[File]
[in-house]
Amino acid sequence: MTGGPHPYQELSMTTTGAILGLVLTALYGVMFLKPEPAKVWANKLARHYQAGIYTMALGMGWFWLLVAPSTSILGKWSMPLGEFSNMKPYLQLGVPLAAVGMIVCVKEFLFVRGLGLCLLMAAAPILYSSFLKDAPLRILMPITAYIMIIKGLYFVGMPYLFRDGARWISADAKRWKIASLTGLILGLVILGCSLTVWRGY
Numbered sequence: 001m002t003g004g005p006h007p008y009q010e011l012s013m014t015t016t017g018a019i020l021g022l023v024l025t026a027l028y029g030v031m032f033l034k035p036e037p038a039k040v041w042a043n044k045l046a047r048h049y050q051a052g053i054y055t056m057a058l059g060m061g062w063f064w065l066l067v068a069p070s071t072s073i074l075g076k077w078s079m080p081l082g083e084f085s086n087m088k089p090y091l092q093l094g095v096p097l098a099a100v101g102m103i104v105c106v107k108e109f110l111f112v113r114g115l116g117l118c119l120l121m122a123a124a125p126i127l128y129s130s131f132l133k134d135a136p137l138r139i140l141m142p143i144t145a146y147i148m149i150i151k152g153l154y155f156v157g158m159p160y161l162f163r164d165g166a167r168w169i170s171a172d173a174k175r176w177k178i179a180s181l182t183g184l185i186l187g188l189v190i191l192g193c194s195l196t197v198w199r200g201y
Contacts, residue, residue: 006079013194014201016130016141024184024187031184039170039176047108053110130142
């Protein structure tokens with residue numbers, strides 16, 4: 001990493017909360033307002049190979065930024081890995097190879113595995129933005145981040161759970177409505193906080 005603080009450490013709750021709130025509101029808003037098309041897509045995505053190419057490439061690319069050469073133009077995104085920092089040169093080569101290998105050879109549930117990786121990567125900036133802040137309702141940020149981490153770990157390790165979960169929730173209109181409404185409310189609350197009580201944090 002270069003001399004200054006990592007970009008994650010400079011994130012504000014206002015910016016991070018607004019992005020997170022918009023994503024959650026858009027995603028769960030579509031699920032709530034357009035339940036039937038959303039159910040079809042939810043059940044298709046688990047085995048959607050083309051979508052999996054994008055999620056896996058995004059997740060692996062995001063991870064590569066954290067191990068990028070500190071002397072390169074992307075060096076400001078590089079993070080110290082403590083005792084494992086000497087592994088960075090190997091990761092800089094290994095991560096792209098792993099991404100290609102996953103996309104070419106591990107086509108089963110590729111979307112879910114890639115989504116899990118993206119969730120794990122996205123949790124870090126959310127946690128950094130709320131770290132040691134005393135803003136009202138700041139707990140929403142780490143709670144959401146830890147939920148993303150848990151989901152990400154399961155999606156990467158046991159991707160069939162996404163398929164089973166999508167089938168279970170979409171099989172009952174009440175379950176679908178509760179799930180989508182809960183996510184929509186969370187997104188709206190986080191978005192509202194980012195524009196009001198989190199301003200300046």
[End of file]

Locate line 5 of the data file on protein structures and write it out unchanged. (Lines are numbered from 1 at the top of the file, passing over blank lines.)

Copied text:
């Protein structure tokens with residue numbers, strides 16, 4: 001990493017909360033307002049190979065930024081890995097190879113595995129933005145981040161759970177409505193906080 005603080009450490013709750021709130025509101029808003037098309041897509045995505053190419057490439061690319069050469073133009077995104085920092089040169093080569101290998105050879109549930117990786121990567125900036133802040137309702141940020149981490153770990157390790165979960169929730173209109181409404185409310189609350197009580201944090 002270069003001399004200054006990592007970009008994650010400079011994130012504000014206002015910016016991070018607004019992005020997170022918009023994503024959650026858009027995603028769960030579509031699920032709530034357009035339940036039937038959303039159910040079809042939810043059940044298709046688990047085995048959607050083309051979508052999996054994008055999620056896996058995004059997740060692996062995001063991870064590569066954290067191990068990028070500190071002397072390169074992307075060096076400001078590089079993070080110290082403590083005792084494992086000497087592994088960075090190997091990761092800089094290994095991560096792209098792993099991404100290609102996953103996309104070419106591990107086509108089963110590729111979307112879910114890639115989504116899990118993206119969730120794990122996205123949790124870090126959310127946690128950094130709320131770290132040691134005393135803003136009202138700041139707990140929403142780490143709670144959401146830890147939920148993303150848990151989901152990400154399961155999606156990467158046991159991707160069939162996404163398929164089973166999508167089938168279970170979409171099989172009952174009440175379950176679908178509760179799930180989508182809960183996510184929509186969370187997104188709206190986080191978005192509202194980012195524009196009001198989190199301003200300046």